WOW | WOW Feature
What are you reading this Summer
Social Work Professional
Books you love
Reading has entirely shaped my life and influenced my outlook towards life. I’ve learnt from the characters – good and bad. I can’t imagine my life without books. Having said that, there was a stage when I was so fascinated with Jane Eyre by Charlotte Bronte that the main protagonist was an inspiration in life. I felt like the protagonist’s words gave me the answers to questions no person could ever give. A Thousand Splendid Suns by Khaled Hosseini also affected me a great deal.
There are a lot of authors I admire but the first name that comes to my mind is Czech born French writer Milan Kundera. Ever since I read ‘The Unbearable Lightness of Being’, I bought every book of his and I have never been disappointed. Milan Kundera has remained my favourite author for a long time. I like his writings because of his philosophies on human existence and individual experiences and their choices.
I love reading BP Koirala’s books and I find his views of life very compelling.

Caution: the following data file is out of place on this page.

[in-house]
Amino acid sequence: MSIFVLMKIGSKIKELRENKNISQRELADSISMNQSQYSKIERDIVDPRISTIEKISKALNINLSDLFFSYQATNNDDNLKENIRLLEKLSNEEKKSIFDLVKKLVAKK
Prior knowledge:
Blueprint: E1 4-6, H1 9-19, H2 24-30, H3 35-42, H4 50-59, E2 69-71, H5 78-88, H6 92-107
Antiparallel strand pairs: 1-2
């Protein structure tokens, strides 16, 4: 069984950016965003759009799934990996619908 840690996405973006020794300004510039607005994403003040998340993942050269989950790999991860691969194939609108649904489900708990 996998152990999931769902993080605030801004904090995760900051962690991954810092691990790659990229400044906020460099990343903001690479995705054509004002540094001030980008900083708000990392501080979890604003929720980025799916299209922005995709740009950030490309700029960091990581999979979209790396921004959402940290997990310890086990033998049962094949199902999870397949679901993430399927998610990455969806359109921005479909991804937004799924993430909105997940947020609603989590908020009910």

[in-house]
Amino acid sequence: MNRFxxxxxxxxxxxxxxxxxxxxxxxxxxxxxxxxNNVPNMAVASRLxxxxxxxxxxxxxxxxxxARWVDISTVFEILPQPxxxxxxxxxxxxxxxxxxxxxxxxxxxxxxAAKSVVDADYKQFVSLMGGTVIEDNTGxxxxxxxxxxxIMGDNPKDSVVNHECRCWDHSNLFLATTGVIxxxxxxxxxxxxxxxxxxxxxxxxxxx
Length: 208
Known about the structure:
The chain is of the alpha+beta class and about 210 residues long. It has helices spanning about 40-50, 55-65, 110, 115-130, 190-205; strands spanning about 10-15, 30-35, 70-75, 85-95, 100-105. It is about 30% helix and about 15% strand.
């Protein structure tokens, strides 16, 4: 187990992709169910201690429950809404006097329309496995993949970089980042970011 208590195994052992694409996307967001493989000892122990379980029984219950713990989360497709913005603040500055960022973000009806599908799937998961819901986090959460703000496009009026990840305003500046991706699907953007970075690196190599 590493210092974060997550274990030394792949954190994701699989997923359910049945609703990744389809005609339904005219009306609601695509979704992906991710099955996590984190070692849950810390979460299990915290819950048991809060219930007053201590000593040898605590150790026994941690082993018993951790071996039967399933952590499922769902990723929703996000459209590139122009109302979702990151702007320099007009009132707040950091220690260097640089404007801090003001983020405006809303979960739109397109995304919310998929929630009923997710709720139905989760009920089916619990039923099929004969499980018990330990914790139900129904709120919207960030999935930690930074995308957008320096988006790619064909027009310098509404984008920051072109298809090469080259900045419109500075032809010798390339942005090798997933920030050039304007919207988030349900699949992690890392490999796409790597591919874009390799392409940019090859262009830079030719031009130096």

The Book Thief by Markus Zusak remains one of my all time favourites. It is a book that has been narrated by death and takes place during World War II in Germany. It might sound depressing, but it is not gloomy at all, it’s heartbreaking but positive at the same time.
Favourite spot and time to read
Reading is something that I do every day. It is as normal as having a meal. I am always with a book. How much I read depends on how busy I am, but I do read every day. I get restless if I don’t get a chance to read anything. Favourite spot to read would be my own room always.
It is the most wonderful thing to do, to curl up with an amazing, novel, not to mention it is the least expensive way to travel.
I loved Firfire by Buddhi Sagar. In fact that was the last book I read. The story revolves around the friendship of two boys in rural Nepal whose lives are torn apart due to unfortunate circumstances. I guess I do not need to say much about this book as it was a highly awaited book. Additionally, the simplicity of the language in this book is something I really admire.
Ulaar by Nayan Raj Panday is a short read with a bit of a political backdrop. It revolves around marginal characters living in poverty created by political instability in the Tarai region of Nepal. It sort of gives us an understanding of the place and the real picture behind.
I am also looking forward to reading both Lu and Sallipir by the same author which has just come out.